grief – StoryCorps

“It Feels Like a Gift”: How Taking a Name Kept One Man’s Legacy Alive

In 1981, the death of 21-year-old Cameroonian man Acha Mbiwan devastated his family. Losing Acha — known for his mischievous sense of humor and prodigious intelligence — sent shockwaves through the family’s tight-knit community.  

For more than 40 years, they found it difficult to even speak about Acha. But little did they know that Acha had befriended an American man in college named Atiba, who was so moved by Acha’s death that he took his friend’s last name, Mbiwan, as a tribute.

In 2012, Acha’s sisters Didi Ndando and Egbe Monjimbo learned of Atiba’s existence after stumbling across him on the internet. All three sat down for StoryCorps to talk about what happened next.

This story was adapted from the StoryCorps Podcast. To hear the full story, listen to the episode: “One Who Is Understanding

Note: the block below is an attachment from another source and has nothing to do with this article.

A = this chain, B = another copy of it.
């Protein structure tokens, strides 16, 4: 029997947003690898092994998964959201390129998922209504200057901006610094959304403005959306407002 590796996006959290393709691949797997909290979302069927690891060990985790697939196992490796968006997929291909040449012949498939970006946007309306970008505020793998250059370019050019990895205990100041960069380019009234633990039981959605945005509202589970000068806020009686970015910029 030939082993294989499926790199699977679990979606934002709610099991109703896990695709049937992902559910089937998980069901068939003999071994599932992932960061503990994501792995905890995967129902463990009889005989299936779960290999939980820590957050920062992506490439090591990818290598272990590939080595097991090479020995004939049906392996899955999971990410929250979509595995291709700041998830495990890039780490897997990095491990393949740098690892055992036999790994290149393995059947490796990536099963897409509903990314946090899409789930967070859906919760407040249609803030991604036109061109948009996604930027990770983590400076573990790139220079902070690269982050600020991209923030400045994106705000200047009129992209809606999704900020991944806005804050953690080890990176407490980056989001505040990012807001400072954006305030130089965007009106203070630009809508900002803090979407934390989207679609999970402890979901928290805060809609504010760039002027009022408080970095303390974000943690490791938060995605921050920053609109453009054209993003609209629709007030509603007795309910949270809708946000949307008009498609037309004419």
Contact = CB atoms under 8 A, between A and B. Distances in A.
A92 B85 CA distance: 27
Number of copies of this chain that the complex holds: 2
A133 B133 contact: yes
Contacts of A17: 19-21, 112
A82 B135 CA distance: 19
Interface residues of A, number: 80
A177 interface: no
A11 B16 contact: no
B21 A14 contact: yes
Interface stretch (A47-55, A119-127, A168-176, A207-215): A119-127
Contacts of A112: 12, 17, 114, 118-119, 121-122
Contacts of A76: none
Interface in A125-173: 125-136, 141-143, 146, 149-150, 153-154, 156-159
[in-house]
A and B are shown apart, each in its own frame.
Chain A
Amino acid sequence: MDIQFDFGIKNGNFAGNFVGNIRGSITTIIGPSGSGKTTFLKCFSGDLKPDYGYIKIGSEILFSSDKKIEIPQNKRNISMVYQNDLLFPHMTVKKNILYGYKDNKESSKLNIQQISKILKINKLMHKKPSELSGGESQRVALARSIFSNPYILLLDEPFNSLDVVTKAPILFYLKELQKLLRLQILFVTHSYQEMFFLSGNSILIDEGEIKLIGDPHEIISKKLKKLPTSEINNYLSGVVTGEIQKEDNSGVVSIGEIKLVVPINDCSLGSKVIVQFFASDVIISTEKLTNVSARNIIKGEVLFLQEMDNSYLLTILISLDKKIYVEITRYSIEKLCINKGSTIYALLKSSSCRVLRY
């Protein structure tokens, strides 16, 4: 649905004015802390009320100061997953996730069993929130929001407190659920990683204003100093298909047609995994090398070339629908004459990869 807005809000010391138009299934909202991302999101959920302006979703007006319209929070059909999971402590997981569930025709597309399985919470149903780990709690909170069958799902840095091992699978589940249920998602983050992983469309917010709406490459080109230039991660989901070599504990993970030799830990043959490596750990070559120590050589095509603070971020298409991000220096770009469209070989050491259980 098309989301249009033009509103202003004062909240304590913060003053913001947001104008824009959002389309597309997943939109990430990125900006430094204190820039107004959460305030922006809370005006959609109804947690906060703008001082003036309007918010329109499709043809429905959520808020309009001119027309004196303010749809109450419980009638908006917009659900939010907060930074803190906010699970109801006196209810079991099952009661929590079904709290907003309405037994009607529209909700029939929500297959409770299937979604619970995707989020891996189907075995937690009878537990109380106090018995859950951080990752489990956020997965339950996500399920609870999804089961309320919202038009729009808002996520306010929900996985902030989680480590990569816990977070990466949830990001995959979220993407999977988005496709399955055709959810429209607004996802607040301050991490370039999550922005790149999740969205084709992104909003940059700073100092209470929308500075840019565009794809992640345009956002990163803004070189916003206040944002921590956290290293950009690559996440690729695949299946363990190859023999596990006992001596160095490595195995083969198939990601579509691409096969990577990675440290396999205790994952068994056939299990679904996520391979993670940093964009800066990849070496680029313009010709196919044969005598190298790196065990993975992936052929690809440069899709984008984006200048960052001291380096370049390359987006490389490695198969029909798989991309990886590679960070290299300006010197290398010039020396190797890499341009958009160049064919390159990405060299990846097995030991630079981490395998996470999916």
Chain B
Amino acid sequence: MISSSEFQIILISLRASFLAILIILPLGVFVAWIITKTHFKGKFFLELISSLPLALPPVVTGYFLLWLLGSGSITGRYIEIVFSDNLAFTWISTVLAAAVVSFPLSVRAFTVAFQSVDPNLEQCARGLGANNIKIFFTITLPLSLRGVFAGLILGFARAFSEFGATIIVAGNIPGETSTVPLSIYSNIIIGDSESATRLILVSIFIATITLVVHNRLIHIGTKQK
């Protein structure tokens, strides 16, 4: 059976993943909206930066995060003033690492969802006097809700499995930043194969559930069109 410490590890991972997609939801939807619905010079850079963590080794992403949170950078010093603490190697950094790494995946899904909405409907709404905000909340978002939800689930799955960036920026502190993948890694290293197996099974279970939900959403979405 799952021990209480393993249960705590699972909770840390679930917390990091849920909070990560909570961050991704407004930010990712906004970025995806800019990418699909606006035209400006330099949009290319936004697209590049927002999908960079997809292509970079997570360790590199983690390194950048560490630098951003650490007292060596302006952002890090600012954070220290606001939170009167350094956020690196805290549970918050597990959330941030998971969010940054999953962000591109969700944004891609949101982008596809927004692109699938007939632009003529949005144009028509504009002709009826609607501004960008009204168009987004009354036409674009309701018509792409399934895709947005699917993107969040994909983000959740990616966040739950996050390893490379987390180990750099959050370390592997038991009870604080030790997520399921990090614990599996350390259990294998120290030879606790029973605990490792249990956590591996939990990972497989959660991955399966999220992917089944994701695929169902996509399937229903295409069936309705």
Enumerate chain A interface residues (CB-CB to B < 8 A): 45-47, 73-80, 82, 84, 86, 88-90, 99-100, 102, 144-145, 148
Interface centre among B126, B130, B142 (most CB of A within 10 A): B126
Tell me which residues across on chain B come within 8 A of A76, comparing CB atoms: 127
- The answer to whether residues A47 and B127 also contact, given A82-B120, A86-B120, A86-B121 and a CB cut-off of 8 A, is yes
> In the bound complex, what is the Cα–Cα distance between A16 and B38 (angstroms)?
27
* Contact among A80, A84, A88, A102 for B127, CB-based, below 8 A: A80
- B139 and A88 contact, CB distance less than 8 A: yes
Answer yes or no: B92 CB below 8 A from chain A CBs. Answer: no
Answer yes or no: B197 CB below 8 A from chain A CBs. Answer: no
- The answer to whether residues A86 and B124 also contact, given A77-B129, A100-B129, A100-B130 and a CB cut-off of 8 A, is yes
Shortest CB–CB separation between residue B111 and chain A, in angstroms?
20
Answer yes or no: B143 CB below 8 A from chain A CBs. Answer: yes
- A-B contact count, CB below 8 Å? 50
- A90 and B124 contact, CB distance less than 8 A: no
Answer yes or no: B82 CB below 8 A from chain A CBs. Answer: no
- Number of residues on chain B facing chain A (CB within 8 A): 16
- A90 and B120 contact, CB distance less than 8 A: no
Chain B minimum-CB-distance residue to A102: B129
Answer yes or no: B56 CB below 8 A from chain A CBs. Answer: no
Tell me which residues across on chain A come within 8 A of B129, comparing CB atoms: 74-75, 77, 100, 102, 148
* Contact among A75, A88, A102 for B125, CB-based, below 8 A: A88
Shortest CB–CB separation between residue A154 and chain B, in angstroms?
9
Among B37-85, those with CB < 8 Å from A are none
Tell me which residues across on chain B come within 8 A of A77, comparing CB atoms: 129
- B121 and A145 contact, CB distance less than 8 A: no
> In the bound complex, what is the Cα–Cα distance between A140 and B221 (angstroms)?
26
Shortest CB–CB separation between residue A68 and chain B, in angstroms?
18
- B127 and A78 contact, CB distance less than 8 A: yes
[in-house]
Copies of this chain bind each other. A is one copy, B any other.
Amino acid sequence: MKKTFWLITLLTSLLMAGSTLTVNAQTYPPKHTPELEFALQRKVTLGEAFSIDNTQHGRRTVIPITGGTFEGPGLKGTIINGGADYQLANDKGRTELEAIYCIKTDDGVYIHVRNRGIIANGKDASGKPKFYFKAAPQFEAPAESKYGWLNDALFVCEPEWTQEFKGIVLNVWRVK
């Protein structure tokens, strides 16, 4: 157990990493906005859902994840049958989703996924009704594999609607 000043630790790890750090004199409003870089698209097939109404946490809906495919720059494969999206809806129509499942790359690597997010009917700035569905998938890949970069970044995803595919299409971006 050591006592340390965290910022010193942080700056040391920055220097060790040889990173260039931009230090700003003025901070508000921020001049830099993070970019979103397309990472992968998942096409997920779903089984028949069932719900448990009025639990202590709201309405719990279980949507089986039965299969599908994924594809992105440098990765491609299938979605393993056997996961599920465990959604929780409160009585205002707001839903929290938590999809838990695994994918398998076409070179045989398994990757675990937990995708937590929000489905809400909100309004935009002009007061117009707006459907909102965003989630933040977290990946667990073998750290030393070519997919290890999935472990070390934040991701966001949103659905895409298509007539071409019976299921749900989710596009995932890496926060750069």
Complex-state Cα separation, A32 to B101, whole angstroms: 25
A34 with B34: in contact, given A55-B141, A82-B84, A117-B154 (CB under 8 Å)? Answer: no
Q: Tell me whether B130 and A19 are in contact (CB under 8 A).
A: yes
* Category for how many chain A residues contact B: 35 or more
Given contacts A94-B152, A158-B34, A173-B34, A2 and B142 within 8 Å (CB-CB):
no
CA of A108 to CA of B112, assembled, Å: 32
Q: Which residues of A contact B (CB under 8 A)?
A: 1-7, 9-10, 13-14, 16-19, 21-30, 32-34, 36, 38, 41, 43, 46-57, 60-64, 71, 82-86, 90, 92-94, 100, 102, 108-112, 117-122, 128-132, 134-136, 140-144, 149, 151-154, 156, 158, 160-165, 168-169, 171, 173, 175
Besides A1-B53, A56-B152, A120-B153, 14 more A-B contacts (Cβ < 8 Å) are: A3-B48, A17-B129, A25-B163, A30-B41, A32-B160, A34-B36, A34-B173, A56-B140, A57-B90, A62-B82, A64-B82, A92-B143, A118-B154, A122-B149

Top Photo: Didi Ndando, Atiba Mbiwan, and Egbe Monjimbo at a reunion for Atiba’s family in Atlanta in 2014. Courtesy of Egbe Monjimbo.
Middle Photo: Acha Mbiwan posing in a photo booth in 1980 in Paris, France. Courtesy of Egbe Monjimbo.

This broadcast is supported in part by the Corporation for Public Broadcasting, a private corporation funded by the American people, and the National Endowment for the Arts. Originally aired December 2, 2022, on NPR’s Morning Edition

Your support makes it possible for StoryCorps, an independently funded nonprofit, to collect, archive, and share the stories of people from all backgrounds because everyone’s stories deserve to be heard.


A Special Project To Keep Dad’s Memory Alive

Since he was in high school, Al Plumley could be found under the hood of a car, fixing it himself.

In high school, Al Plumley treasured his blue Mustang. Courtesy of Ashley Cosme.